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The countdown to the HEDIS® 2017 reporting deadline has begun. Are you on track? Our Verscend experts are here to share their insights on effectively managing your measurement and reporting process in our new monthly blog series, “from the HEDIS 2017 trenches.” Here, Ashley McNairy, product director for Verscend’s Quality Improvement solutions, gets us started on the right foot.
Hopefully, you’ve already completed a test run before the holidays so you know that your data files are in good shape. If you haven’t, I recommend paying close attention to the data after your production run is complete. If you did complete a test run, this month you should be focusing on getting your production run ready to go. This might require mapping your supplemental data files, gathering the final provider location data, or waiting for any additional claims files. If your health plan submits a CAHPS survey or Qualified Health Plan (QHP) survey for the Health Insurance Marketplace, you should be working with your HEDIS software vendor to get the data extracts required for those surveys to your auditor for validation. Your auditor should validate the files no later than January 31.
Right now, health plans should have their data mapped to their vendor’s layout, particularly if you’re using a new vendor or if your vendor has made any changes. Also, make sure that you’re following your vendor’s guidelines for how much data you should send so that your measure results are complete.
Health plans should take advantage of any validation tools offered by their vendor. For example, Verscend has a Data Audit Tool to check the results of each file, and clients should use the reports as a guide to ensure the format is correct. You should also be checking the file sizes to ensure consistency from last year’s data runs—if a file is significantly larger or smaller than last year, make sure you know why. Getting your data right will help ensure a smooth production run.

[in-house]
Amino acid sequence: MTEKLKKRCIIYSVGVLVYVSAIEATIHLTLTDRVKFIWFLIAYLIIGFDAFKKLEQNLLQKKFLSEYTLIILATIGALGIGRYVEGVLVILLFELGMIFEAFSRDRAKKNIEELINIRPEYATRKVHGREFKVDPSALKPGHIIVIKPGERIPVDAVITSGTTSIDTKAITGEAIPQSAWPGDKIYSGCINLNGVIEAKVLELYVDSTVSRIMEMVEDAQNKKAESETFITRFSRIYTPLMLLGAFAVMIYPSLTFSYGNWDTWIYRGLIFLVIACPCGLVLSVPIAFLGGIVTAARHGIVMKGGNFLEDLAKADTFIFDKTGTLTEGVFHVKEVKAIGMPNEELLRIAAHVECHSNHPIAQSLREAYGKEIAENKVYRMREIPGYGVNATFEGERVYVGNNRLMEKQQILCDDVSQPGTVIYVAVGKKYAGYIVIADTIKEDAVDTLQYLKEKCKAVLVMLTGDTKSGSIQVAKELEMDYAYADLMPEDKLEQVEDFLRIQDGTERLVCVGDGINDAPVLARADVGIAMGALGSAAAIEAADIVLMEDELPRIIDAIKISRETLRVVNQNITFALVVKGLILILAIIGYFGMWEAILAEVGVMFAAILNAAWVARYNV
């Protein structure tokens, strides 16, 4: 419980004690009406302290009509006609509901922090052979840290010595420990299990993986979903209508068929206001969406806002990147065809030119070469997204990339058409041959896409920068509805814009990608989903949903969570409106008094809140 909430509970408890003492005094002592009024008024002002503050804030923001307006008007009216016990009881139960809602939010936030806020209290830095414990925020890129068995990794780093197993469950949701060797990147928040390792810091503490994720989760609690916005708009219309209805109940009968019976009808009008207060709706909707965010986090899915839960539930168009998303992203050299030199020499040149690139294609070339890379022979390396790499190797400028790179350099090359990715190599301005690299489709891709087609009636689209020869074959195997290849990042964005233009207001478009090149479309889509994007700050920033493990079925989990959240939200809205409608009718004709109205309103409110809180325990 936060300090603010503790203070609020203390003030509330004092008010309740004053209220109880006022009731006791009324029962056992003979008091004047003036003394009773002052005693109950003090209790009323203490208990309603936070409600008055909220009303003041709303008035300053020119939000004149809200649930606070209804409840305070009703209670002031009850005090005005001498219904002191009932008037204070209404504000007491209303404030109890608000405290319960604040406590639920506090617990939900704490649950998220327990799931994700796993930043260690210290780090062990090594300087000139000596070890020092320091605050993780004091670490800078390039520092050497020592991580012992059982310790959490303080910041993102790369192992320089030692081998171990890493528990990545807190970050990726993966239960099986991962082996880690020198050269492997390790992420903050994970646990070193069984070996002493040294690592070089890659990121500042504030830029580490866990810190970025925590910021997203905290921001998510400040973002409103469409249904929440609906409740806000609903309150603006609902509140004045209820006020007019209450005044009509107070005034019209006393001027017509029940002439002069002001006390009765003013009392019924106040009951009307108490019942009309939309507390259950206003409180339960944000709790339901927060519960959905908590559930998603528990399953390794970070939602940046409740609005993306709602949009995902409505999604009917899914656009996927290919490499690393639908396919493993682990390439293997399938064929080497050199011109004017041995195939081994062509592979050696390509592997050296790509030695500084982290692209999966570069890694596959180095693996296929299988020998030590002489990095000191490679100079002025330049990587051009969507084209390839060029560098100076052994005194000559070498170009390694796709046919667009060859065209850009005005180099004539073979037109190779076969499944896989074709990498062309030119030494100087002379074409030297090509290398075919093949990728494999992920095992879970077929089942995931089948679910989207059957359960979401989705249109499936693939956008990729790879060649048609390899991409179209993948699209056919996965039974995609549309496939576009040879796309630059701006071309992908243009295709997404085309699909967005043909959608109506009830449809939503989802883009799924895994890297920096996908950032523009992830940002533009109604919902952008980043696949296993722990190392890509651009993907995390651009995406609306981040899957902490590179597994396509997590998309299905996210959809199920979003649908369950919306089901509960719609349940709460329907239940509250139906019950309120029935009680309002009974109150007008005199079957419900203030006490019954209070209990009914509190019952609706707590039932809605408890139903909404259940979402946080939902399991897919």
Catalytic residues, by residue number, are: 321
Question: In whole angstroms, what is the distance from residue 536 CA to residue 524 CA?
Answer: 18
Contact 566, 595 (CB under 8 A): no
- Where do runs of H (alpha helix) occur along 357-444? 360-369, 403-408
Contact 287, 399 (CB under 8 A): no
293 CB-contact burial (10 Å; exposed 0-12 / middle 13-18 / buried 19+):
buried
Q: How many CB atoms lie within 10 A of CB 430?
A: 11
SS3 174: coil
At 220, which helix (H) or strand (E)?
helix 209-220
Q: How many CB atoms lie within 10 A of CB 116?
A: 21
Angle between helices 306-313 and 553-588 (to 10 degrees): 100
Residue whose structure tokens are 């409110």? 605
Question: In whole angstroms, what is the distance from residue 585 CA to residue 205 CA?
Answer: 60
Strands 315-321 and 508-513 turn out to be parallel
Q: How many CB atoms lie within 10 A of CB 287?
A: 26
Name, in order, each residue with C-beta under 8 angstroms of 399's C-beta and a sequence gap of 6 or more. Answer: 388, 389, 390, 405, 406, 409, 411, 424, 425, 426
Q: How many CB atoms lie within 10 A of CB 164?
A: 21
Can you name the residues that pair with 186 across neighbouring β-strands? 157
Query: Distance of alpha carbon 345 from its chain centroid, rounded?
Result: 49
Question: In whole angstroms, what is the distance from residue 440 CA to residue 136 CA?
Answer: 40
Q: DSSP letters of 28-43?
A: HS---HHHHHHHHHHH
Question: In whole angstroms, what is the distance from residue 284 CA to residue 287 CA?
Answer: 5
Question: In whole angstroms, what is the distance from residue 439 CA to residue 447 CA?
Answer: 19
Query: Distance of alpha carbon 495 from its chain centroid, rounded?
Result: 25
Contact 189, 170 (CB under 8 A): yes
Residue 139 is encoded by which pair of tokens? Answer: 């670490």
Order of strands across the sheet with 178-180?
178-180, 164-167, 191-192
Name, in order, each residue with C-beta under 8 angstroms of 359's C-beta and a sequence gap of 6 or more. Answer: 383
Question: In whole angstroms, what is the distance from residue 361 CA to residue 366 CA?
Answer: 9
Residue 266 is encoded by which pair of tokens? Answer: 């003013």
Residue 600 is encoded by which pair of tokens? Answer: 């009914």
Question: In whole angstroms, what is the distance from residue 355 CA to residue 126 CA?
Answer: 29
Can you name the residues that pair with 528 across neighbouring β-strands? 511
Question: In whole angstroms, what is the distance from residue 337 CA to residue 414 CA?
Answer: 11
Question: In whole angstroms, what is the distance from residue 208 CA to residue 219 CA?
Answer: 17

Health plans also struggle with their survey sample frames. Maybe they’re unsure about which survey measures they need to report or which data is required to produce the extract. If that’s the case, you should work with both your vendors and your auditors to resolve any uncertainty. If you need custom fields on the extract, your vendor can help you add them. If you’re unsure how to populate a QHP field, rather than leaving it blank, talk to your auditor about how you can get that information.
Another suggestion is to send a test CAHPS file to your vendor for validation before sending the final file. Verscend had the CAHPS files certified by our December software release, giving health plans time to produce a test file and validate its results before the final file is due.
January is the best month to complete your production run and pull samples. Be sure to work closely with your auditors through this process. They can help validate measure rates and sign off on your samples. Having their validation will help with any on-site questions they may have later in the season. Auditors are there to help you in the submission process, not punish you.
After you have your samples pulled and chases assigned, review provider location data closely to ensure accurate addresses and appropriate chase locations. There is no need to visit that ENT specialist for a well child visit or that chiropractor for the diabetes measure.
Primarily, I focus on our state submissions and make sure we are meeting the deliverables for our clients that handle these quality submissions. I also support our clients directly, helping address questions on our software and processes. With more than 100 clients using our Quality Improvement solutions, we get a lot of questions about our tools. I want to empower our clients to learn the features that can best support them during their submission season.
Stay tuned in February for our next report “from the trenches.”
Want to know more about Verscend’s Quality Improvement solutions? Download our brochure.
HEDIS® is a registered trademark of the National Committee for Quality Assurance (NCQA).